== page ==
Integrating AI into legacy information and communications systems will deliver high cost, time, and process-related savings quickly. AI improves the bottom line through intelligent automation, labor and capital augmentation, and innovation diffusion. For example, by analyzing problematic situations in real-time, AI can provide early warning of potential problems and propose alternative solutions.

Business problem categories solved with the use of AI technologies include the below areas of productivity and profitability concern.

With the acceptance of AI across large industry sectors, the varieties of use cases with the most significant value potential differ by individual area. These differences mainly result from the relative value of unique drivers of significance within each industry. Also, availability and ease of accessibility of required data and the applicability of necessary algorithmic solutions are influencing factors.

While AI can improve productivity by replacing employees for routine tasks, it is in the use of machine intelligence to supplement human decision-making that the real growth in business productivity will happen. Recognizing the specific roles machine learning can play is the key to maximizing both artificial and human intelligence for the smart organization.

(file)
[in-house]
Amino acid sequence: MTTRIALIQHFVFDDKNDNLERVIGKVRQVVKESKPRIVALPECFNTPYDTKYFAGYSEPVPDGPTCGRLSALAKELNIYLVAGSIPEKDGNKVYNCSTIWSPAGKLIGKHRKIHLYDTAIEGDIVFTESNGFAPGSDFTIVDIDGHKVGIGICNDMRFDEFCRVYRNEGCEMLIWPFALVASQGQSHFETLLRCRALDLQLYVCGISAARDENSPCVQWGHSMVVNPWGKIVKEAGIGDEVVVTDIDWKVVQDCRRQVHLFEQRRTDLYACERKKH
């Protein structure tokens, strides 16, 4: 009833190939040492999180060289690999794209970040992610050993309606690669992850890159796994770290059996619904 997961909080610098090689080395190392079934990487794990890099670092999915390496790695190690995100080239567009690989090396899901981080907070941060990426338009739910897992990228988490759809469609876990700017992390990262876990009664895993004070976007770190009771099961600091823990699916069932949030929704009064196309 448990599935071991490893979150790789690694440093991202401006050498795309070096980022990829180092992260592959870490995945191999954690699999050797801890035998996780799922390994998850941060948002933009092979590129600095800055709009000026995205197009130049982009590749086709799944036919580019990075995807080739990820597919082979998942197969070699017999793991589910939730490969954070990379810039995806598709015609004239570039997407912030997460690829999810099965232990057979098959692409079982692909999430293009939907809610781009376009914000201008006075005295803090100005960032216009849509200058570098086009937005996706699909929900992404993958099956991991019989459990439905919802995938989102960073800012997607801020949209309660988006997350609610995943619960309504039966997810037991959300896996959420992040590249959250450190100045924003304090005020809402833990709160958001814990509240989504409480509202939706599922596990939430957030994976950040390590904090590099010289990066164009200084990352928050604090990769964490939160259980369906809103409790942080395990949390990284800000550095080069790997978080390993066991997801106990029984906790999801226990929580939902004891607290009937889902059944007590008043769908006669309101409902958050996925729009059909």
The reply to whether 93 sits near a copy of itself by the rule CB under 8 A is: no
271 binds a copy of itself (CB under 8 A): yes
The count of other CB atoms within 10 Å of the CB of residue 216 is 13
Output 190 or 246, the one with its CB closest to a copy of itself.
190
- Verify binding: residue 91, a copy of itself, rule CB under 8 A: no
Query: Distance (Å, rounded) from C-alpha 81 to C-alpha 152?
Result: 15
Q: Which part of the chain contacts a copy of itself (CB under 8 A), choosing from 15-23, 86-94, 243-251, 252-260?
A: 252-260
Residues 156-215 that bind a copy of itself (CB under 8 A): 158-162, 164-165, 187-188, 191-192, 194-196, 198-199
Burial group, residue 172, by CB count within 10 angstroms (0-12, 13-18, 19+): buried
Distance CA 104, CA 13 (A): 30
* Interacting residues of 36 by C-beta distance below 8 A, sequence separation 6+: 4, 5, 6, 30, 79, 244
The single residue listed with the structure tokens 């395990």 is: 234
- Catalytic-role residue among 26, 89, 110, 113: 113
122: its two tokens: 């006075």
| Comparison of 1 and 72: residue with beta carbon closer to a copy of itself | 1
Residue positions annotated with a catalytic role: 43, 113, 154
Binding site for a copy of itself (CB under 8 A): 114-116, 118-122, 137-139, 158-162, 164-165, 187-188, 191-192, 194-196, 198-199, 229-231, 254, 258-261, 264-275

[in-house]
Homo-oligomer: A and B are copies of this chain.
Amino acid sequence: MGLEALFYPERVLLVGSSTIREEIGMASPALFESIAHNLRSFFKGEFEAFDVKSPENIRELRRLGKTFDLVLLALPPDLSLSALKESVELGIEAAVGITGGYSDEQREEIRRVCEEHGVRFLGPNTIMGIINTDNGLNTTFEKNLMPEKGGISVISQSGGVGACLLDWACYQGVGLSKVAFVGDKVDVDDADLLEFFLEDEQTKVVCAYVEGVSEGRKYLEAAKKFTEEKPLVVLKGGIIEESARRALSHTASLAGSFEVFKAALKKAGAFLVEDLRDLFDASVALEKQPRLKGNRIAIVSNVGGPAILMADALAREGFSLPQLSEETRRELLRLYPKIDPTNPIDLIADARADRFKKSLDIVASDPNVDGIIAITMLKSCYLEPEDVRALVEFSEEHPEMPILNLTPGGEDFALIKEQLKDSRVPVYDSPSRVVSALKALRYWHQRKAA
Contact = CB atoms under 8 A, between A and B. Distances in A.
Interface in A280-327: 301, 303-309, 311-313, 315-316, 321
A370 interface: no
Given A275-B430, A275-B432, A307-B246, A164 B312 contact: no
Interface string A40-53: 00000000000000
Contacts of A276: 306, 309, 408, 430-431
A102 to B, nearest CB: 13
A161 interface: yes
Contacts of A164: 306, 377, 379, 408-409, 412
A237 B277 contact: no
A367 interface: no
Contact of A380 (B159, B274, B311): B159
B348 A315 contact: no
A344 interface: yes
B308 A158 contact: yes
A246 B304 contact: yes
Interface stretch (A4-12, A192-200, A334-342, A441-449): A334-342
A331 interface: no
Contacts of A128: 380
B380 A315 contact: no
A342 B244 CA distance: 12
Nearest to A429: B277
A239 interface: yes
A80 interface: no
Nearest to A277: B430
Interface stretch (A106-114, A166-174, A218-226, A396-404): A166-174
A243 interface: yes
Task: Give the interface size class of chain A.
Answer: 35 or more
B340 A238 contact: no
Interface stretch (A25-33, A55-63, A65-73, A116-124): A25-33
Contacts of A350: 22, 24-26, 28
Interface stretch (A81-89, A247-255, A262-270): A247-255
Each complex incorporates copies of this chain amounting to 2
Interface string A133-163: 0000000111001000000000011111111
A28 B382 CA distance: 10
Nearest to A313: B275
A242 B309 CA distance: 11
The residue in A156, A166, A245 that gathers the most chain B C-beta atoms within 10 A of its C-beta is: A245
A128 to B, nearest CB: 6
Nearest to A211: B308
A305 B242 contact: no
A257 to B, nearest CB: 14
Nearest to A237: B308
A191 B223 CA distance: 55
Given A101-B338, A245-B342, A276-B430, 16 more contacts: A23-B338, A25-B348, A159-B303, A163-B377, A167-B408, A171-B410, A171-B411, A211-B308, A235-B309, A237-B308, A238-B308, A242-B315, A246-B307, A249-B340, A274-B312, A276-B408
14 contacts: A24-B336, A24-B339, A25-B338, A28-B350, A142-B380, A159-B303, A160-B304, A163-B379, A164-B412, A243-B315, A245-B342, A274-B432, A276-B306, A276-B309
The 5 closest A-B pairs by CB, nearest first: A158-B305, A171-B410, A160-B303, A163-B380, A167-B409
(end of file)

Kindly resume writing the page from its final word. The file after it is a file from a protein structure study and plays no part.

Accenture reports:

“By 2035, Artificial Intelligence (AI) has the capability to boost productivity by 40 % or more”

Internet of Things (IoT) 

The Internet of Things ( IoT) is a structure of interconnected mechanical equipment and digital devices, objects, people, and animals provided with unique identifiers (UIDs) and the ability to transmit data over a network without human-to-human or human-to-computer communication. The connectivity expands their capabilities and generates valued data, which helps businesses to understand consumer behavior better.

A large selection of businesses, including logistics, marketing, healthcare, and manufacturing, are using IoT technologies today, and research projects that the number this will only increase as large and small companies increasingly understand the value. The capabilities of powerful 5G wireless networks and smaller, more robust processors, it’s now feasible to convert dumb equipment to digital data devices integrated with the enterprise systems and with customers and supply chain partners.